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On my mom 50th birthday
(Citizen Illegal 37)
“On my mom 50th birthday” is an interesting poem from this both funny and sad poetry book from the poetry book called “Citizen illegal” written by José Olivarez. Graduated from the big Harvard University, José Olivarez, through this amazing book of poems, let each reader discover the life he experienced growing in the United States. By using several technics of writing, he makes the book both, sometimes funny and amusing, and sometimes sad nay dark. On this poem “On my mom 50th birthday” which is actually one of my best, the narrator makes readers feel the careless behavior of his mom of 50 years old, too focused of her look for a party the night of his birthday at some point to ignore all her family. I’ll discuss this poem and approach the subject of the independence of women by comparing this poem to “Mexican Heaven” which have a similar level where José Olivarez describes all Mexican women as being lazy and careless, and then I’ll have an observation about this negative image of Mexican women and even the serious issues of raising kids on “on my mom 50th birthday”.
Indeed, I find very unfaithful how the independence of women is rushed sometimes, because from my analysis, in his lines, the author, kind of blames his mom who was on the verge to go out with her sisters the night of his birthday, “i am removing my mom from our house/ “i am removing my mom & placing her in a club in Guadalajara with her sisters” (José Olivarez 14/17). I’m not pleading the fact that his mom went to a club instead of celebrating her birthday with her own family, however, I would seem more normal in some part of the world if the dad have done the same thing. I’m not saying so, but put the dad in the place of his mom, and for some people it would sound way better. An unfair reality which some women live in some cultures of my country, cultures which considering men as the kings of his house.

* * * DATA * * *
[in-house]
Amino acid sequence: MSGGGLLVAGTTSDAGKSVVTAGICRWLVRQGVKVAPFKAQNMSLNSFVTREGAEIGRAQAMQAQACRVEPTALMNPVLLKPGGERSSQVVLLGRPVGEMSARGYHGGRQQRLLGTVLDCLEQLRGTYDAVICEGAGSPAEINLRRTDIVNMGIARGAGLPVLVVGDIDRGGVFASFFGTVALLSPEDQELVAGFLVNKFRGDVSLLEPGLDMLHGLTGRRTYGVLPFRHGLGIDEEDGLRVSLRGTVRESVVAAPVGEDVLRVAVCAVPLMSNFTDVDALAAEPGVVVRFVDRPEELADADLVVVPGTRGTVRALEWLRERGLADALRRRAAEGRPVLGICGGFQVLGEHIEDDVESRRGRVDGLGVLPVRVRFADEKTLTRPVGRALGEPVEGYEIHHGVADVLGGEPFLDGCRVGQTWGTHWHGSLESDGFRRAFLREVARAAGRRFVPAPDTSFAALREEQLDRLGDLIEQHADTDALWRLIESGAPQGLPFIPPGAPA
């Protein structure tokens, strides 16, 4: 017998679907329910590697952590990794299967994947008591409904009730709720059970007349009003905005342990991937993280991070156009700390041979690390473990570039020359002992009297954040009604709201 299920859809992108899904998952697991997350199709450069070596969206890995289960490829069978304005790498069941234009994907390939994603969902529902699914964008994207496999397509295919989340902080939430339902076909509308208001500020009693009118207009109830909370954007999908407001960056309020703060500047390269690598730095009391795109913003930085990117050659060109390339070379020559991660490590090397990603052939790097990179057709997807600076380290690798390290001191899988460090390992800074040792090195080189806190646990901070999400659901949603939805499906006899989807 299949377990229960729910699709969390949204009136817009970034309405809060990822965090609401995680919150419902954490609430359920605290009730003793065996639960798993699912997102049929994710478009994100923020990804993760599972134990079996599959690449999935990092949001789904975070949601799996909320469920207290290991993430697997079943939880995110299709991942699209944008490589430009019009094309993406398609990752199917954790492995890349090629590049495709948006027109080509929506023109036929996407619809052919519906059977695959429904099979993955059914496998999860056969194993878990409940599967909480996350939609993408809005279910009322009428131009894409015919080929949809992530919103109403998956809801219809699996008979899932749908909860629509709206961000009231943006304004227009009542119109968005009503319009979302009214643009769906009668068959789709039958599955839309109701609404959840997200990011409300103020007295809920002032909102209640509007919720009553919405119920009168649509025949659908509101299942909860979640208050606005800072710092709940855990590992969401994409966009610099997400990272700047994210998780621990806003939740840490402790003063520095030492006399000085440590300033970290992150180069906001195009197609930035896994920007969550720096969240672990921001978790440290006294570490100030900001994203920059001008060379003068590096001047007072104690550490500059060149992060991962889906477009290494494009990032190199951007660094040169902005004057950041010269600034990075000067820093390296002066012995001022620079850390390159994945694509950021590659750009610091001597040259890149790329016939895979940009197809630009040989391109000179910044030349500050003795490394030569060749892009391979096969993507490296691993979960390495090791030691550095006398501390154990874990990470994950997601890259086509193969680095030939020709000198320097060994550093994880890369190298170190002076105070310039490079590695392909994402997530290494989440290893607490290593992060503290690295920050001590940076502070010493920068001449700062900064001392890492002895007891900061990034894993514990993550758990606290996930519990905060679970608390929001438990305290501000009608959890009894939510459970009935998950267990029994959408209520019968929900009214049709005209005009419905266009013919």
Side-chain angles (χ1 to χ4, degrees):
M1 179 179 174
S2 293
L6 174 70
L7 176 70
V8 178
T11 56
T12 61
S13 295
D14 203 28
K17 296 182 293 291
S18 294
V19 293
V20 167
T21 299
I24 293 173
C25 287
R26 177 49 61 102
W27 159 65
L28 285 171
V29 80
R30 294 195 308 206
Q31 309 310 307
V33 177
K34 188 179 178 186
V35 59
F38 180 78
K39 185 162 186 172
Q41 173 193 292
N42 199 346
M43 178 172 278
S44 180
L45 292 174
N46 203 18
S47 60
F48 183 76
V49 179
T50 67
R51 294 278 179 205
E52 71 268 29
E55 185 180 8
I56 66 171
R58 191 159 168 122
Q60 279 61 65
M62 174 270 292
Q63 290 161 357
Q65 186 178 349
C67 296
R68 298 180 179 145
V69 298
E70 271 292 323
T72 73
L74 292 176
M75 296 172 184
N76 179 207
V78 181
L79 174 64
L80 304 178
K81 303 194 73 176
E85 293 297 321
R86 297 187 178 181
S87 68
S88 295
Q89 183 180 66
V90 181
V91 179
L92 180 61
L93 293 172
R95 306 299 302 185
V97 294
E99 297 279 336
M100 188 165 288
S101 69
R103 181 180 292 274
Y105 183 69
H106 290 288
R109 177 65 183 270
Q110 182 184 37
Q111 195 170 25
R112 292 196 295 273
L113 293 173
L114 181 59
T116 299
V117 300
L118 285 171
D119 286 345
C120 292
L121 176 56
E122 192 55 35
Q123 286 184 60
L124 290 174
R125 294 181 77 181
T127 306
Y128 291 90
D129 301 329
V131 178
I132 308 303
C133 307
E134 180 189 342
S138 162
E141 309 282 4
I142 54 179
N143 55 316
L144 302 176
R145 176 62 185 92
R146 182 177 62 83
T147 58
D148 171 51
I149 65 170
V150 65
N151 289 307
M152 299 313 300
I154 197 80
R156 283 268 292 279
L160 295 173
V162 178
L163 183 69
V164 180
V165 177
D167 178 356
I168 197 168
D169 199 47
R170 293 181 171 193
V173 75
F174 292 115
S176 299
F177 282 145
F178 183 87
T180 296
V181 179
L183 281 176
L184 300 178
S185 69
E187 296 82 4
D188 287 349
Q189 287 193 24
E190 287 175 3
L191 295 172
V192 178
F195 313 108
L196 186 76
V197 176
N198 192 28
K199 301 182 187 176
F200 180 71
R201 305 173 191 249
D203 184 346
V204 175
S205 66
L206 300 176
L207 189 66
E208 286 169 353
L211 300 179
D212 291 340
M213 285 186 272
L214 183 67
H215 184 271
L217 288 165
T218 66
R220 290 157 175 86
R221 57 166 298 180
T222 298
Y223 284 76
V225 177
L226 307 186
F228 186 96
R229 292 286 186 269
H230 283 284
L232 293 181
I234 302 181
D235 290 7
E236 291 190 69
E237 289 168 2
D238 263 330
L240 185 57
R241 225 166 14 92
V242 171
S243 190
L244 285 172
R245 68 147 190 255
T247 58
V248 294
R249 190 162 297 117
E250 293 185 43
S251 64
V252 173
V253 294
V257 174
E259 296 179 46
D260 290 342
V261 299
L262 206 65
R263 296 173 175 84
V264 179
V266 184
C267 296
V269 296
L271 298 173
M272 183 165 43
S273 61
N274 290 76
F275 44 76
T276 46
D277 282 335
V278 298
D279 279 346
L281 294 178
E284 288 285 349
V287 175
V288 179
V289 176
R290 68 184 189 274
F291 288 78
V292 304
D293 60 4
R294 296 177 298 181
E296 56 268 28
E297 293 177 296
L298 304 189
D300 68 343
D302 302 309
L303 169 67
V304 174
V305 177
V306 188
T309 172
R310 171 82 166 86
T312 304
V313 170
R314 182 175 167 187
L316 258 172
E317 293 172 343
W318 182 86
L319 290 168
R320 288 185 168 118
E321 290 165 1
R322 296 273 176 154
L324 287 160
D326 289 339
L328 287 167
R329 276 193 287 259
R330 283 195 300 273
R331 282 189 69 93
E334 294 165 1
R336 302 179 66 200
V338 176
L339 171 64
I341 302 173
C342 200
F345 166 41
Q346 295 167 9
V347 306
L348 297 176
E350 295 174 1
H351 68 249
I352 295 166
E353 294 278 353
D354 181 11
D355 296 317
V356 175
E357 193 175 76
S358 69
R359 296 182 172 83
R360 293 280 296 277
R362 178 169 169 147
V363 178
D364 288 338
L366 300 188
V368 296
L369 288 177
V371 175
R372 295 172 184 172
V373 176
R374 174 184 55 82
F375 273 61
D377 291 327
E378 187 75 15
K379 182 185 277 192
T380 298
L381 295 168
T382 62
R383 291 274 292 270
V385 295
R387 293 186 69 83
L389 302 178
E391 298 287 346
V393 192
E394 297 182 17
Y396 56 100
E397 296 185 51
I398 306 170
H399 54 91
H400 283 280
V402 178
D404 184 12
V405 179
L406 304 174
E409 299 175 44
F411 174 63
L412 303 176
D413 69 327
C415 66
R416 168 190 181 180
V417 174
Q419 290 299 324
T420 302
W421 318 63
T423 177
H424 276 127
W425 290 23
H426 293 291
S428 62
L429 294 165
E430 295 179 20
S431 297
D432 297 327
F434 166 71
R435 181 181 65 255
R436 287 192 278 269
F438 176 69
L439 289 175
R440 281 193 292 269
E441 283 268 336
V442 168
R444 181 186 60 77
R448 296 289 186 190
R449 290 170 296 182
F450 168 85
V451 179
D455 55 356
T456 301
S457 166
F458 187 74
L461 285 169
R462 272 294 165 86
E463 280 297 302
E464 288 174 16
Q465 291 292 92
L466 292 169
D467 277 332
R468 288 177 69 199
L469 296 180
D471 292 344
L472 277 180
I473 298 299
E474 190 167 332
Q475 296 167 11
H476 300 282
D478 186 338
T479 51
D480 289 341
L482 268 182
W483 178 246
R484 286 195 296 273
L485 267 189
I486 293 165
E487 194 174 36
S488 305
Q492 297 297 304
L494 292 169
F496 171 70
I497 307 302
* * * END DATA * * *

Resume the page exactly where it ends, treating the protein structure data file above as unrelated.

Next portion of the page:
Yet, the narrator steps in a part where his mom was ignoring all her family and responsibilities because of her birthday which was the most important for her to focus on that night, by adding, “my mom is not my mom, nor does she know any children, tonight kids cry on someone else’s bed, she is not married. / so for the next few hours she will not worry about me & my brothers. / so for the next few hours all she will have to worry about is the color of her lips and the handsome men admiring them. (37, 38)” Those lines of José Olivarez give a huge slap to Mexican women image. Personally, it’s absolutely negative for both parents, dad or mom, to not worry about their kids. Of course, those lines give readers bad impressions in regard to them.
However, José Olivarez continues to portray Mexican women in his poem “Mexican Heaven” which is a bit similar comparing the poem “on my mom 50th birthday”. In “Mexican Heaven”, he’s is denouncing, this time, some refusals of Mexican women, he notes: “all the Mexican women refuse to cook or clean/ or raise the kids or pay bills or make the bed or/ drive your bum ass to work or do anything except/ watch their novelas” (José Olivarez 1/2/3/4). Reading those words, some people would easily conclude a careless nay selfish and lazy behavior from Mexican women. Looking at those words from a wider perspective, I would say they’re just breaking those traditional female stereotypes. Do only women supposed to raise kids? I disagree, for sure they didn’t make it by themselves. Why would they cook or clean? Why would they make the bed? That’s funny. Were those women the ones who were laying in those beds? Just to show that the cliché that José Olivarez expose and which Mexican women destroy is maybe the thing that makes automatically readers assume a negative point of view of the narrator toward Mexican women.